Well, another Election Day is coming up and I am thrilled. Why? Is it because I am SO excited about the two potential candidates that I can’t wait to cast my vote? Not exactly.
The benefit of Election Day to all investment advisers is that hopefully for the next 3 ½ years we can get a break from people asking how I think the election will affect the stock market. The answer is I don’t know and neither do all of these so called experts on TV making predictions.
For those of you who find comfort in numbers, here are some historical facts around elections, parties in power, and stock market returns as measured by the S&P 500:
- Presidential Election Years: +7.4%
- Incumbent Party Wins (doesn’t matter what party!): +14%
- Incumbent Party Loses (ditto): -4.4%
- Democrats Win: +4.3%
- Republicans Win: 3%
The above returns are just one year numbers and…they are in a vacuum.
What about if the incumbent party is Democrat and the Republicans win, and of course, it’s a Presidential Election Year? Will the stock market return 7.4%-4.4%+10.3% = 13.3%? Who knows?
Here is another favorite topic of debate: What political party is better for the stock market? Again, there isn’t a very clear answer because it’s not just about who is President, but also who is controlling Congress. And it’s probably not caused by either factor, but what is happening in the world economy at any given time.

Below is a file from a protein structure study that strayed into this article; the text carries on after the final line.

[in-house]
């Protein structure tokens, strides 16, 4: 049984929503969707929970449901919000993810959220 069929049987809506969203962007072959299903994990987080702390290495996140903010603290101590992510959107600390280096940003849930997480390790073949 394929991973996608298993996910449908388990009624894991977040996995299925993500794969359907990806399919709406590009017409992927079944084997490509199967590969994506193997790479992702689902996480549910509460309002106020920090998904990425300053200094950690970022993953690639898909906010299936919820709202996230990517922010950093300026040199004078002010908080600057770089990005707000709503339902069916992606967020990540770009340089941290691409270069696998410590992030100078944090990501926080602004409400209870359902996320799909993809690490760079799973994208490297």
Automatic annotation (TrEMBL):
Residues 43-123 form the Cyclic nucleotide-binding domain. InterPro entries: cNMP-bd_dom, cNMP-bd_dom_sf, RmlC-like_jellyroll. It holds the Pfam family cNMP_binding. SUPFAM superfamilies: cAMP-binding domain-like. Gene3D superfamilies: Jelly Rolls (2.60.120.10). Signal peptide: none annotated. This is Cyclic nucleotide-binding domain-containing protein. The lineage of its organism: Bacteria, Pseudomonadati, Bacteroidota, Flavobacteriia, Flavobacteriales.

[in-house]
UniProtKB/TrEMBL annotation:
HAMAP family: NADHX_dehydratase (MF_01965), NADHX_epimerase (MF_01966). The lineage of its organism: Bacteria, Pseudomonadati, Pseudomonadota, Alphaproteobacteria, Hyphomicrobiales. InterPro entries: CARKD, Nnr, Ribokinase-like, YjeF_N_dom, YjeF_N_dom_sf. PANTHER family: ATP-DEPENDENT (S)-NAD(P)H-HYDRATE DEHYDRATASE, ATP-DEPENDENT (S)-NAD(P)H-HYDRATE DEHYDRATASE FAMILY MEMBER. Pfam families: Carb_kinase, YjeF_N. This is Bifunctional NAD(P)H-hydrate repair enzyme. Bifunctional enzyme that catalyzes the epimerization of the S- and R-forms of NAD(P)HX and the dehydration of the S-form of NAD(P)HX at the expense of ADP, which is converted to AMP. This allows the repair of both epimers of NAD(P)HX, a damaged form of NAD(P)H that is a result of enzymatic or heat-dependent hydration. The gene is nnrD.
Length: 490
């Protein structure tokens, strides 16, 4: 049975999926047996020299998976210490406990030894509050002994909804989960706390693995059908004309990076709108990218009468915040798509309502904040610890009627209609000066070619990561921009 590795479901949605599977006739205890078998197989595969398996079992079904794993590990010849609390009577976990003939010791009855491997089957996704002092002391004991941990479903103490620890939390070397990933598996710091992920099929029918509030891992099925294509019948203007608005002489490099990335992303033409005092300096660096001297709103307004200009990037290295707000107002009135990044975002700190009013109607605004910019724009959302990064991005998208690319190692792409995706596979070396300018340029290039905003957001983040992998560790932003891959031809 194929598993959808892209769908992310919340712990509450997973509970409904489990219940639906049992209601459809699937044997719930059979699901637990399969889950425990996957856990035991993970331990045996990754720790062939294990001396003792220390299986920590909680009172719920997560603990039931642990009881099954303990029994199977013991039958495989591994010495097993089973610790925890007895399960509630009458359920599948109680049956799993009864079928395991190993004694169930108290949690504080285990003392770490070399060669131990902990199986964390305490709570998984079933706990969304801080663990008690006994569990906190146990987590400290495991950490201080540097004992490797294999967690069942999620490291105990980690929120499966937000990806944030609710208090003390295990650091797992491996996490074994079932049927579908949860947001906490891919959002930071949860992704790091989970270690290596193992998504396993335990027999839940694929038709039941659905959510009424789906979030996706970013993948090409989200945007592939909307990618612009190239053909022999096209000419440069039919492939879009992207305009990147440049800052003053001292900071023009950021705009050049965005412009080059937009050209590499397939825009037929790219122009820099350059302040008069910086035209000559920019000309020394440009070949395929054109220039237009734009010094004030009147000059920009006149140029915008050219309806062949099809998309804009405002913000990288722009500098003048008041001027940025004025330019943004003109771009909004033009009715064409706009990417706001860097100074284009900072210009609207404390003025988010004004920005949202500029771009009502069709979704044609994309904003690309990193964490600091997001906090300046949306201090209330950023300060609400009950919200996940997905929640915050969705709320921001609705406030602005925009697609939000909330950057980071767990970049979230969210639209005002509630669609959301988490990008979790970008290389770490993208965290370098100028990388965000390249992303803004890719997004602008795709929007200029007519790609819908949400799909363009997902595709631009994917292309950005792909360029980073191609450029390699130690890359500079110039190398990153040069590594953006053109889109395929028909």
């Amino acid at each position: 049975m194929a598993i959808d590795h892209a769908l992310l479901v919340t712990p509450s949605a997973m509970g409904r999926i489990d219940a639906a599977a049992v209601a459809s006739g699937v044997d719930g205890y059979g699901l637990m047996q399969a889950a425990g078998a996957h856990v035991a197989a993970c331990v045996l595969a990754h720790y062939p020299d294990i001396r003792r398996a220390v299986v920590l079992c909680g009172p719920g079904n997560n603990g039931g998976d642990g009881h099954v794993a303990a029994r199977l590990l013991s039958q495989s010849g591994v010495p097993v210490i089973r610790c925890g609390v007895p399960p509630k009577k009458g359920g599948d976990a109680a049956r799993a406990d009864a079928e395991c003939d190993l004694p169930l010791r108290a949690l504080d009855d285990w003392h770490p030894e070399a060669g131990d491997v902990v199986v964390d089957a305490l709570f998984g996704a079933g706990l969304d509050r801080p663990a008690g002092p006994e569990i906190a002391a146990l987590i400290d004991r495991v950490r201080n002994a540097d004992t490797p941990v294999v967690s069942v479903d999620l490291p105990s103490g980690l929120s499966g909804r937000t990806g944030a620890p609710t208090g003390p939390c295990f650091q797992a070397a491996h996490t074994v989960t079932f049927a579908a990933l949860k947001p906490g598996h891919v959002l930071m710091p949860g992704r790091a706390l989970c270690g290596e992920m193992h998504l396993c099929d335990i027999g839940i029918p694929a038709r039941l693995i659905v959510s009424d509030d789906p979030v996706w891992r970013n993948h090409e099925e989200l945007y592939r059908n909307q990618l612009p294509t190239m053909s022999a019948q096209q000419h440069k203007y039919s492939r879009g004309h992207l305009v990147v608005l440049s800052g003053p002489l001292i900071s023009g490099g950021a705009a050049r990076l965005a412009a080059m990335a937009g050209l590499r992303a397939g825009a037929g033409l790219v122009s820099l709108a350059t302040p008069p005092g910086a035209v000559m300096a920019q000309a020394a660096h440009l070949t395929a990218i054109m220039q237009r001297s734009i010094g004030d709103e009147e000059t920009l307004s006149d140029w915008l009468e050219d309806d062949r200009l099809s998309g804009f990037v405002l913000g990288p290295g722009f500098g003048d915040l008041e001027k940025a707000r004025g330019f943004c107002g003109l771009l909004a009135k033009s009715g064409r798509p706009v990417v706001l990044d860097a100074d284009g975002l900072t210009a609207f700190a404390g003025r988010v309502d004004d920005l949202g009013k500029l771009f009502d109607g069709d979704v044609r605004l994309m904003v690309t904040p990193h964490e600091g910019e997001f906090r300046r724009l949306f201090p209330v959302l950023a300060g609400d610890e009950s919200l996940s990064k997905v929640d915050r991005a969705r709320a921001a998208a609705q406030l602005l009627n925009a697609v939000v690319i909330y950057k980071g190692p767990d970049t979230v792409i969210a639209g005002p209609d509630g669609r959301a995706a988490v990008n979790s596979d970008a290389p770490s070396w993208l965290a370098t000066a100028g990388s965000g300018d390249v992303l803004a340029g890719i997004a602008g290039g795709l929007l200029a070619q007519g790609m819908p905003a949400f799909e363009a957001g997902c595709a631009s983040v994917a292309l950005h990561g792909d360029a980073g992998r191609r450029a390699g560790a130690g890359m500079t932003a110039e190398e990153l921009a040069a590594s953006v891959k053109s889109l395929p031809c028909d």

Below are average annual returns of the S&P 500 from 1901-2016 in different political climates:
- Democratic President/Republican Congress: +8.6%
- Republican President/Democratic Congress: +2.4%
- White House/Congress controlled by the same party: +7.1%
- Democratic President/Split Congress: +10.4%
- Republican President/Split Congress: -4.3%
Now, how helpful is this information to helping you make investment decisions in an election year?
Not at all helpful!
Since Congressional elections happen every two years in some form, these combinations of Presidents/Congress are constantly in flux.
Here is what you can do in an election year and all other years:
- Have a well-diversified, low cost portfolio
- Don’t try to time the market – stay the course through ups AND downs
- Save, save, and save more
- Control your spending and don’t go into debt buying elephant or donkey buttons
Special thanks to MFS Investments for the fantastic study that I quoted in this blog. Click here for the whole thing.